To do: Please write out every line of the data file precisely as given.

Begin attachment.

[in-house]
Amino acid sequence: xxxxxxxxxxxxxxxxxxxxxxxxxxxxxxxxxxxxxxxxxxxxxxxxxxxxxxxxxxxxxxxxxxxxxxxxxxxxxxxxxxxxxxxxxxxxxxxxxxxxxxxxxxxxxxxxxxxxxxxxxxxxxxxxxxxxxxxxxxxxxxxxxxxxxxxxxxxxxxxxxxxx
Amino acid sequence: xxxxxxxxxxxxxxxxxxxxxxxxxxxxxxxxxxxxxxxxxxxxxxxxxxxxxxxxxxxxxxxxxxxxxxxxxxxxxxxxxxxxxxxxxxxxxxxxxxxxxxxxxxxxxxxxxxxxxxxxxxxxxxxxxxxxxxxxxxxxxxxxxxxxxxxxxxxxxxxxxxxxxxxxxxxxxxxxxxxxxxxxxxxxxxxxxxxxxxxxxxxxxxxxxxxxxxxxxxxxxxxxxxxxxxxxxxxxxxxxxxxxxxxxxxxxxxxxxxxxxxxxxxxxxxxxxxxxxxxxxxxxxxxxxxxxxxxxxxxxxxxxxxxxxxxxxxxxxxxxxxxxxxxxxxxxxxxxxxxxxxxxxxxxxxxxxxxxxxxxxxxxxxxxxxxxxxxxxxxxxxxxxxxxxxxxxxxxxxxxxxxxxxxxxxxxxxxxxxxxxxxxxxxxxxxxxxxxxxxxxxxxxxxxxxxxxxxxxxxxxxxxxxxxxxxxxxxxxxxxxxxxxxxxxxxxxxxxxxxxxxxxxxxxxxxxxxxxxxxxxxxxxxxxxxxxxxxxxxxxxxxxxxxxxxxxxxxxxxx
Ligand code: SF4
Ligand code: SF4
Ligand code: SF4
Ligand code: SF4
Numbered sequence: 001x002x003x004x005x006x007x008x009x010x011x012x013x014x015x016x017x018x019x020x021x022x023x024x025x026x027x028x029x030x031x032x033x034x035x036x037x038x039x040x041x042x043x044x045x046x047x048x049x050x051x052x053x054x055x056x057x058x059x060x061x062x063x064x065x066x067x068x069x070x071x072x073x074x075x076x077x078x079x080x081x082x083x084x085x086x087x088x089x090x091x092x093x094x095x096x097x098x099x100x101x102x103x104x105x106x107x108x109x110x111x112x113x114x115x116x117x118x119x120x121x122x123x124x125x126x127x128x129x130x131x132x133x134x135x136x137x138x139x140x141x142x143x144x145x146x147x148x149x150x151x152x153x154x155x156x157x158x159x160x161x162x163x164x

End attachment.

[in-house]
Amino acid sequence: xxxxxxxxxxxxxxxxxxxxxxxxxxxxxxxxxxxxxxxxxxxxxxxxxxxxxxxxxxxxxxxxxxxxxxxxxxxxxxxxxxxxxxxxxxxxxxxxxxxxxxxxxxxxxxxxxxxxxxxxxxxxxxxxxxxxxxxxxxxxxxxxxxxxxxxxxxxxxxxxxxxx
Amino acid sequence: xxxxxxxxxxxxxxxxxxxxxxxxxxxxxxxxxxxxxxxxxxxxxxxxxxxxxxxxxxxxxxxxxxxxxxxxxxxxxxxxxxxxxxxxxxxxxxxxxxxxxxxxxxxxxxxxxxxxxxxxxxxxxxxxxxxxxxxxxxxxxxxxxxxxxxxxxxxxxxxxxxxxxxxxxxxxxxxxxxxxxxxxxxxxxxxxxxxxxxxxxxxxxxxxxxxxxxxxxxxxxxxxxxxxxxxxxxxxxxxxxxxxxxxxxxxxxxxxxxxxxxxxxxxxxxxxxxxxxxxxxxxxxxxxxxxxxxxxxxxxxxxxxxxxxxxxxxxxxxxxxxxxxxxxxxxxxxxxxxxxxxxxxxxxxxxxxxxxxxxxxxxxxxxxxxxxxxxxxxxxxxxxxxxxxxxxxxxxxxxxxxxxxxxxxxxxxxxxxxxxxxxxxxxxxxxxxxxxxxxxxxxxxxxxxxxxxxxxxxxxxxxxxxxxxxxxxxxxxxxxxxxxxxxxxxxxxxxxxxxxxxxxxxxxxxxxxxxxxxxxxxxxxxxxxxxxxxxxxxxxxxxxxxxxxxxxxxxxxxx
Ligand code: SF4
Ligand code: SF4
Ligand code: SF4
Ligand code: SF4
Numbered sequence: 001x002x003x004x005x006x007x008x009x010x011x012x013x014x015x016x017x018x019x020x021x022x023x024x025x026x027x028x029x030x031x032x033x034x035x036x037x038x039x040x041x042x043x044x045x046x047x048x049x050x051x052x053x054x055x056x057x058x059x060x061x062x063x064x065x066x067x068x069x070x071x072x073x074x075x076x077x078x079x080x081x082x083x084x085x086x087x088x089x090x091x092x093x094x095x096x097x098x099x100x101x102x103x104x105x106x107x108x109x110x111x112x113x114x115x116x117x118x119x120x121x122x123x124x125x126x127x128x129x130x131x132x133x134x135x136x137x138x139x140x141x142x143x144x145x146x147x148x149x150x151x152x153x154x155x156x157x158x159x160x161x162x163x164x